* Write shorter code as possible as you can.
* Do necessary casting to eliminate compilation warnings.
* The `intptr_t` and `uintptr_t` types are extremely useful for casting pointers when you want to do address arithmetic. You shall consider to explicitly use the types provided by `<inttypes.h>`.
* Follow the consistent coding style. That is, we prefer **`(xorlist_t *) (*head)->link`** to `(xorlist_t*)(*head)->link` or ``(xorlist_t *)(*head)->link``. Be aware of the **spaces**! Details determine success or failure.
> * A01 = ?
> ==`(*head)->link`==
> * A02 = ?
> ==`(intptr_t) *head`==
> * A03 = ?
> ==`(intptr_t) *head`==
> * A04 = ?
> ==`(intptr_t) current`==
---
## Problem `B`
Fill in `B01`, `B02`, `B03` and `B04` to complete the `reverse` function which takes in a `head` to the head of a linked list and returns a new copy of the linked list in reverse order. You must allocate space for the new linked list that you return. An (incomplete) example program using reverse is also shown below.
```c
#include <assert.h>
#include <stdlib.h>
struct list_node {
int val;
struct list_node *next;
};
struct list_node *reverse(B01 /* Fill Your Code */)
{
struct list_node *next = NULL, *ret;
while (*head) {
ret = malloc(sizeof(struct list_node));
ret->val = B02 /* Fill Your Code */;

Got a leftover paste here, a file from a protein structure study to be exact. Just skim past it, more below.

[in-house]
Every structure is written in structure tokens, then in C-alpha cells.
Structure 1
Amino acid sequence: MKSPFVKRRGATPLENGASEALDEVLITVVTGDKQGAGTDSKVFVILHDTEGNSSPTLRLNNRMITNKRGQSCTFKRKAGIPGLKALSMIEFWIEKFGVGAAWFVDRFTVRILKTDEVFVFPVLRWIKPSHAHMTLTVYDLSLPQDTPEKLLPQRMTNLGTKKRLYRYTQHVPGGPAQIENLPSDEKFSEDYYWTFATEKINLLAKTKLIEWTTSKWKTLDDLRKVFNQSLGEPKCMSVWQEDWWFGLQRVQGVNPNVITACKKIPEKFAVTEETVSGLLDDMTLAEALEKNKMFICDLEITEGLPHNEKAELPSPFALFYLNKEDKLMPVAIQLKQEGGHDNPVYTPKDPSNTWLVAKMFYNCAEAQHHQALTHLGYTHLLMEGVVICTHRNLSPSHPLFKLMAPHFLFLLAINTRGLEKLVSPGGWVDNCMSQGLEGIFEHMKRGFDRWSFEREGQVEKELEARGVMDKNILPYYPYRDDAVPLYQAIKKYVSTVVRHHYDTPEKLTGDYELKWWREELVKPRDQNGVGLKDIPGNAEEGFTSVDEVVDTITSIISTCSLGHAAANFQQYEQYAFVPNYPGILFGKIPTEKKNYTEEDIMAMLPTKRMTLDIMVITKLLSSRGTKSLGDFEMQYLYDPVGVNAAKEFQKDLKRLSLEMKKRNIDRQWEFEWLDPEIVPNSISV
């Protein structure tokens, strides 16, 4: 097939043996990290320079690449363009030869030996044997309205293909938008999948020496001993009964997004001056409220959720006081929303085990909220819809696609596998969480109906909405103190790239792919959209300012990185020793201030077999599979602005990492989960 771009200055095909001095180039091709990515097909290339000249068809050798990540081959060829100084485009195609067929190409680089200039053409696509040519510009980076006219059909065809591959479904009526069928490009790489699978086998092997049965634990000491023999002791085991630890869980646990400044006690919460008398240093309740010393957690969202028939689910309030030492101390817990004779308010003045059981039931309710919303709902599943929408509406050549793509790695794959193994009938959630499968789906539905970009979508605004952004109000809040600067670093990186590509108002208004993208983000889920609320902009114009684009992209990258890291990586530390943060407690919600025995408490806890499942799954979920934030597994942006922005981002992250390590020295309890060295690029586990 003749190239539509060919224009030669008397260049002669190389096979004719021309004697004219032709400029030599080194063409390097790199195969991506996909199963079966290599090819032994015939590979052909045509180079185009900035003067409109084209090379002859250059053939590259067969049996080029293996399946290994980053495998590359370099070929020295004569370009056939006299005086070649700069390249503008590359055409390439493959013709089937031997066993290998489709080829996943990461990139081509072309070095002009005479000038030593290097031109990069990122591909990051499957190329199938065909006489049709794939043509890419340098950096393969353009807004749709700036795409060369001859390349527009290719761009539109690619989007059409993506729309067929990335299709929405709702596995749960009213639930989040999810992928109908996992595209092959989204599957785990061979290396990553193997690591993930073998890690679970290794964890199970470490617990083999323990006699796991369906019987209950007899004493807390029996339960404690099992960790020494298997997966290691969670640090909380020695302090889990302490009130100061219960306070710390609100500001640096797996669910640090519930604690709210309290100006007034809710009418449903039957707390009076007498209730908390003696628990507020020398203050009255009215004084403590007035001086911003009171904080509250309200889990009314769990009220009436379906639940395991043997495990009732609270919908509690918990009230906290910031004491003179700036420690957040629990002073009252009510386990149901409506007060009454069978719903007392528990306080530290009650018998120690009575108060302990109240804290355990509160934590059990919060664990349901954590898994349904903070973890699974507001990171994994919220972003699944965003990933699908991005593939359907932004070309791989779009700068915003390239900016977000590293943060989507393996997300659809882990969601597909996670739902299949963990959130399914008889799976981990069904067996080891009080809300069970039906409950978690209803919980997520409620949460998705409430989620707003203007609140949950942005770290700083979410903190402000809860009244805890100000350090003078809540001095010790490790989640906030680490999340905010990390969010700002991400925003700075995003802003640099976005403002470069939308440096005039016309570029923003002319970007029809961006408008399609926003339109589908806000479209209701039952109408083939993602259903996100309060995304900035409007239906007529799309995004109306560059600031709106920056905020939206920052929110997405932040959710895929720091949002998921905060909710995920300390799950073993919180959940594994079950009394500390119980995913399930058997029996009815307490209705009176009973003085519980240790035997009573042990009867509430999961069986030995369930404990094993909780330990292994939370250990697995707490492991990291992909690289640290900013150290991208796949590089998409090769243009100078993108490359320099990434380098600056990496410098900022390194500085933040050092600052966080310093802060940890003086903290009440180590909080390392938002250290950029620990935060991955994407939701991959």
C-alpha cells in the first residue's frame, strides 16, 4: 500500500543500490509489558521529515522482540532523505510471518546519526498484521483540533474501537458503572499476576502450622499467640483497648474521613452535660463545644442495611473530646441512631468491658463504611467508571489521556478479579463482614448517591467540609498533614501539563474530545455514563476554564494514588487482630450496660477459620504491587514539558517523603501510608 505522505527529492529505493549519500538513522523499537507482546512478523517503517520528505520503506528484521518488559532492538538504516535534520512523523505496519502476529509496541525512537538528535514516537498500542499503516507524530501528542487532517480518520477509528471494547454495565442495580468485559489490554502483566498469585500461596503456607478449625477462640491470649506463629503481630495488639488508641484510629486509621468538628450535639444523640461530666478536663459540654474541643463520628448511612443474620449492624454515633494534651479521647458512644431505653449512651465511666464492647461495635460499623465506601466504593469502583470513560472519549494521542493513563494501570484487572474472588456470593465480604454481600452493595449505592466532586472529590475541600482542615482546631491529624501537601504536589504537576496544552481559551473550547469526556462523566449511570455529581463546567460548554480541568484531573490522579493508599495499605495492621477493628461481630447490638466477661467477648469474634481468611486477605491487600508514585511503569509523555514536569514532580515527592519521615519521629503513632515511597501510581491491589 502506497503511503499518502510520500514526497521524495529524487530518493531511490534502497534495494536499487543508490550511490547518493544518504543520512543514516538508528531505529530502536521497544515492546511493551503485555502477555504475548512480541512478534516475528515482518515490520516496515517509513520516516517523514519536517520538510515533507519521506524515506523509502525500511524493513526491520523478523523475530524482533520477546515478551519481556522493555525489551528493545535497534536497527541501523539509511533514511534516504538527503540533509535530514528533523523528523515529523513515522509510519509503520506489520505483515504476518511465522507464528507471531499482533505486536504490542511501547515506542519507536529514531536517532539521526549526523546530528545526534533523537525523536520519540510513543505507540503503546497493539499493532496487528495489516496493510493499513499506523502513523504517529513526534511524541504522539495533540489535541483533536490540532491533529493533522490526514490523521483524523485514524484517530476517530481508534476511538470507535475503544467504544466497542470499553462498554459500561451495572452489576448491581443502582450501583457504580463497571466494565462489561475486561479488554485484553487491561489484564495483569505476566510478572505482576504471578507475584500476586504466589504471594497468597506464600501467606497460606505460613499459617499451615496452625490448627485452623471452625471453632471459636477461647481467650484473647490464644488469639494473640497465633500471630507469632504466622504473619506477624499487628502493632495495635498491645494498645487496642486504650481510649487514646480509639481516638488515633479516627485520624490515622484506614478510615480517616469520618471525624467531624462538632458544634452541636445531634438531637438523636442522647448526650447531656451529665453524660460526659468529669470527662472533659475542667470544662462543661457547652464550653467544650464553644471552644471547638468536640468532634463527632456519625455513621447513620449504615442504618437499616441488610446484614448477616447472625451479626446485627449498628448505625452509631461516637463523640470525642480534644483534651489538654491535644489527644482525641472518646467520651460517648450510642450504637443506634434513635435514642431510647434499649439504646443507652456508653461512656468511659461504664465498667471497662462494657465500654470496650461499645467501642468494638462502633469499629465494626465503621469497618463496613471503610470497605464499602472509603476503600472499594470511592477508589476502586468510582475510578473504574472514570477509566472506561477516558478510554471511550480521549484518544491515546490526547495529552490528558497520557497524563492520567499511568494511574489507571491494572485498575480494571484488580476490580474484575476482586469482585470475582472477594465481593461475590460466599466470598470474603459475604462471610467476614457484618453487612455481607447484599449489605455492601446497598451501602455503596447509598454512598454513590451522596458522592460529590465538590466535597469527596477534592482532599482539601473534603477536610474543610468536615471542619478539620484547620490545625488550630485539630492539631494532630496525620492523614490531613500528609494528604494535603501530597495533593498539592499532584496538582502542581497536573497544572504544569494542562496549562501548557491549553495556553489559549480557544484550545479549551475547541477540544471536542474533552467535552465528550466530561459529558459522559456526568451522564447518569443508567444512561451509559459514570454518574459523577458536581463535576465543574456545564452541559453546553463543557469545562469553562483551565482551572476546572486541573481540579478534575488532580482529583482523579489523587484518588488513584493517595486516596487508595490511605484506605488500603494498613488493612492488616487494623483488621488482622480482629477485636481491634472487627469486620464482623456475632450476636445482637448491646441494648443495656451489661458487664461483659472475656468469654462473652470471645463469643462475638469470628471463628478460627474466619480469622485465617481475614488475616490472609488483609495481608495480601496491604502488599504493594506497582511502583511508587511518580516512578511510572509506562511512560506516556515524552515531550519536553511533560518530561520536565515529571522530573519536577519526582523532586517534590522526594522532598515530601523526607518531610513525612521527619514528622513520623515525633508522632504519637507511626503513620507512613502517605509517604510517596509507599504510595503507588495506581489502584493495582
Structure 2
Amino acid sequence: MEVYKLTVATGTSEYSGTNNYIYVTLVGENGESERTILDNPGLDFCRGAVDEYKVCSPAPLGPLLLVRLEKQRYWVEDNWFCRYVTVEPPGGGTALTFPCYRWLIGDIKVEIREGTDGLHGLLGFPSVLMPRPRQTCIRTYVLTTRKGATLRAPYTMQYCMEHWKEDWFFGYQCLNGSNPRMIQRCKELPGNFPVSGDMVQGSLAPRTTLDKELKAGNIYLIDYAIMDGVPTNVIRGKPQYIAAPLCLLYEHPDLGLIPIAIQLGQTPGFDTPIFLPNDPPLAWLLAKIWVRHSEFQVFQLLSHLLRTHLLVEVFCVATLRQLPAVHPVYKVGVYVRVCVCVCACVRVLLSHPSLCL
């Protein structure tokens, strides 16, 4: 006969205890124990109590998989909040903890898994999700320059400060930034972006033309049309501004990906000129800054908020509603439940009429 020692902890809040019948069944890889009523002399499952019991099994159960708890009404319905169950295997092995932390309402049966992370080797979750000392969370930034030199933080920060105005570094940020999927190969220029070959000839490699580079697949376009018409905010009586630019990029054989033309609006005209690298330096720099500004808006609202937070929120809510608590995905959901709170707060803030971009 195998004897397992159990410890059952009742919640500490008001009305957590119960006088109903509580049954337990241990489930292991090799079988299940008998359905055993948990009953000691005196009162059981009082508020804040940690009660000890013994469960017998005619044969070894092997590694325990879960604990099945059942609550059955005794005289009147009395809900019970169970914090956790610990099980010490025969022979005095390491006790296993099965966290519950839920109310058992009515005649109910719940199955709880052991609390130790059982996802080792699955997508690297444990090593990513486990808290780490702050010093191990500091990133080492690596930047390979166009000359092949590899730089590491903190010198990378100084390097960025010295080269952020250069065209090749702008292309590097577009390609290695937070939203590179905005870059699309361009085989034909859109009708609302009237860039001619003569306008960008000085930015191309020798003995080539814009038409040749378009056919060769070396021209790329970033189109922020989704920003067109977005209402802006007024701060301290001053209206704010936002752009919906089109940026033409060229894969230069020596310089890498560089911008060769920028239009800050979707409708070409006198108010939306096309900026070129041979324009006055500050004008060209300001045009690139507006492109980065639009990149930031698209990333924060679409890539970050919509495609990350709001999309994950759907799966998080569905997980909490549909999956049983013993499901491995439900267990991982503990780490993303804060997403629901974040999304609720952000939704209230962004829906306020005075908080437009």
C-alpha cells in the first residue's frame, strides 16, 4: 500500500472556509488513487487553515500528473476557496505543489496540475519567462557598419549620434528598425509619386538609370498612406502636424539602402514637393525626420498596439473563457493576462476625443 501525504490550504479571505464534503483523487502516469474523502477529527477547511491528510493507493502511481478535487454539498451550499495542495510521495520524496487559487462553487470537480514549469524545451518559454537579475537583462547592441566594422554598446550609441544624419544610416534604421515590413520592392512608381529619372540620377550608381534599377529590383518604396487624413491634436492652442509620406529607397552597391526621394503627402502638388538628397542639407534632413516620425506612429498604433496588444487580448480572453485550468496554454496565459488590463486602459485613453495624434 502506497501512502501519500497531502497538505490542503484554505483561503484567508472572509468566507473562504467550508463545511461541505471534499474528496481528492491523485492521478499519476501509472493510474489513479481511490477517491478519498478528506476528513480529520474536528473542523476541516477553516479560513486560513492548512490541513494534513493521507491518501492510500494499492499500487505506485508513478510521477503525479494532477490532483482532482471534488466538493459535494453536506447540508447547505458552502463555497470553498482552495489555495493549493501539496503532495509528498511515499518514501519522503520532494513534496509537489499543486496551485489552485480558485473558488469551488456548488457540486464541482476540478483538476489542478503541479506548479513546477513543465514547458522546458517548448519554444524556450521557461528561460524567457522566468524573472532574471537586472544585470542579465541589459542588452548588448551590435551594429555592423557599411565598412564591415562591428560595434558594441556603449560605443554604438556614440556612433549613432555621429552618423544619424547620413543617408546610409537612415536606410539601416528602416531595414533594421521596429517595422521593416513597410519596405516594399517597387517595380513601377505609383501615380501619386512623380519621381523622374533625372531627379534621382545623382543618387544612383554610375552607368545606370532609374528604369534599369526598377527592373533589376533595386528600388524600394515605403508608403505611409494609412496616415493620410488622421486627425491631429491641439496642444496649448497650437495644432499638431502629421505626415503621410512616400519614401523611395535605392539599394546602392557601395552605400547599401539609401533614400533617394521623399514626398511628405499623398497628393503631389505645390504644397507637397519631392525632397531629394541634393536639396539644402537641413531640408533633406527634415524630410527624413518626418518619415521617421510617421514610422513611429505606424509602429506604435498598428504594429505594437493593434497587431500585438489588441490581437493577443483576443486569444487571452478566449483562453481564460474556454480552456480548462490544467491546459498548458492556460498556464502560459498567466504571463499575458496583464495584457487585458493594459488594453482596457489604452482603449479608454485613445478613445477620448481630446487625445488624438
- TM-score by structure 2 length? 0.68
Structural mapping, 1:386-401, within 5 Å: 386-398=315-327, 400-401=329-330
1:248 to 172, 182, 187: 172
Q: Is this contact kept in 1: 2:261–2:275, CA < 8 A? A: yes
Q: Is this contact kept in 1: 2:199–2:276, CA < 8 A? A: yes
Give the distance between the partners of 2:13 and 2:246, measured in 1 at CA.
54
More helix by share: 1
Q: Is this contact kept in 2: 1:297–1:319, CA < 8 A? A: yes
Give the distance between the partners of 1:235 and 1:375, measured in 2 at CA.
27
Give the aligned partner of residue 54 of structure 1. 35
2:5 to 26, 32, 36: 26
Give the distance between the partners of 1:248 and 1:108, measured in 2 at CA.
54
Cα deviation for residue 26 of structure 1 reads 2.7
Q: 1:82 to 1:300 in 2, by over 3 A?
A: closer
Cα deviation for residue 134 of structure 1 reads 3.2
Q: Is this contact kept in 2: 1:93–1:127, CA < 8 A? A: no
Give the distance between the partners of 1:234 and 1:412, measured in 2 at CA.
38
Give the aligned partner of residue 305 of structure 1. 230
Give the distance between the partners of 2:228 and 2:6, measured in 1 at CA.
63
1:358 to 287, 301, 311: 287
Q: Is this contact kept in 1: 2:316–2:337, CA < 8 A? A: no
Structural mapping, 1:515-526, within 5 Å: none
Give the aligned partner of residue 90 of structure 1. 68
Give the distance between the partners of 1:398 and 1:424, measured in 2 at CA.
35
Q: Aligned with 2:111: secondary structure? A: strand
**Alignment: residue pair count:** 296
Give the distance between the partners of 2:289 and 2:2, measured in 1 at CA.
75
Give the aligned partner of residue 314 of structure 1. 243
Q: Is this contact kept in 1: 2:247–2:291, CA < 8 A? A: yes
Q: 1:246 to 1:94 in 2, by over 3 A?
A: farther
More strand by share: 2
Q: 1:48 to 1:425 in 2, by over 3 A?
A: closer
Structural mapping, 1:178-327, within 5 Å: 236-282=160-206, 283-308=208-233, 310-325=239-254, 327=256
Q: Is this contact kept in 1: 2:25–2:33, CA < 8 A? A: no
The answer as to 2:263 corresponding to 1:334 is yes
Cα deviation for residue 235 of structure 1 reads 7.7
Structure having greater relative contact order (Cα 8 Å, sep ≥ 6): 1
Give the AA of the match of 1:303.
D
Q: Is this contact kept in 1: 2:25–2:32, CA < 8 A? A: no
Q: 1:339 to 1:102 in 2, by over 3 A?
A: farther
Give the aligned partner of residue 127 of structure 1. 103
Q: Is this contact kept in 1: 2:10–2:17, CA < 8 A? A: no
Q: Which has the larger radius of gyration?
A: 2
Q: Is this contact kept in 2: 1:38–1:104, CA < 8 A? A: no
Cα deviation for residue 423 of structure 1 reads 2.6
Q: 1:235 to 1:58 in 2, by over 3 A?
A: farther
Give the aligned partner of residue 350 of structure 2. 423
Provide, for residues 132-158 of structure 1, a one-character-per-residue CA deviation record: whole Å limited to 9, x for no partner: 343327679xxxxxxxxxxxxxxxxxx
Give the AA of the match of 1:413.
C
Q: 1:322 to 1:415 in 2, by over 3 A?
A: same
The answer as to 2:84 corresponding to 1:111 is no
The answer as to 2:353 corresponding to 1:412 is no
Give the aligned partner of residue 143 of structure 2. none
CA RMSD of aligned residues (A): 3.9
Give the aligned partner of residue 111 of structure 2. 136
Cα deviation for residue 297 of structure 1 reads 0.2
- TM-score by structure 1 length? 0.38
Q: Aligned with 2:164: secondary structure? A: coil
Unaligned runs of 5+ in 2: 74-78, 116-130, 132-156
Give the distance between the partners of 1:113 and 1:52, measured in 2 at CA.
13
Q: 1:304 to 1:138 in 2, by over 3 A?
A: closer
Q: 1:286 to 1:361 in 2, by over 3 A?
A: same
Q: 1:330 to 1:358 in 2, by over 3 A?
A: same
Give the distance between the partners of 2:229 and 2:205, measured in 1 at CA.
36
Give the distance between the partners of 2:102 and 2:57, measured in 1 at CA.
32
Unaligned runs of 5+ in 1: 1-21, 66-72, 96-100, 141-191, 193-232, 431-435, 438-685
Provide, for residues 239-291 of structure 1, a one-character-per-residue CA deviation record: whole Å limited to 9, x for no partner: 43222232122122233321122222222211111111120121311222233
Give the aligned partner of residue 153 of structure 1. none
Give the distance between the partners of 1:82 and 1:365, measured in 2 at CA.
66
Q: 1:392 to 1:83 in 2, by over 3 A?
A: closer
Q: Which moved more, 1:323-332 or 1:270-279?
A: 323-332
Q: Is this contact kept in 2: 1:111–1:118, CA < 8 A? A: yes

ret->next = B03 /* Fill Your Code */;
next = B04 /* /* Fill Your Code */;
*head = (*head)->next;
}
return ret;
}
/* Assume that NEW_LL_1234() properly malloc’s a linked list
* 1 -> 2 -> 3 -> 4, and returns a pointer that points to the first
* list_node in the linked list. Assume that before test_reverse
* returns, head and ret will be properly freed.
*/
void test_reverse()
{
struct list_node *head = NEW_LL_1234();
assert(head->val == 1); /* returns True */
assert(head->next->val == 2); /* returns True */
struct list_node *ret = reverse(&head);
assert(head != ret); /* ret is a new copy of the original list */
assert(ret->val == 4); /* should return True */
}
```
You shall provide the functioned implementations. `B01` is a declaration for function parameter. `B02`, `B03`, and `B04` are C expressions. You must obey the following rules when filling them:
* Write shorter code as possible as you can.
* Do necessary casting to eliminate compilation warnings.
* Follow the consistent coding style. That is, we prefer **`struct list_node *h`** to `struct list_node* h`. Be aware of the **spaces**! Details determine success or failure.
> * B01 = ?
> ==`struct list_node **head`==
> * B02 = ?
> ==`(*head)->val`==
> * B03 = ?
> ==`next`==
> * B04 = ?
> ==`ret`==
---
## Problem `C`
Let's try to determine [endianness](https://en.wikipedia.org/wiki/Endianness) at compile time. If someone needs to know the endianess at compile time, there are 2 different use cases: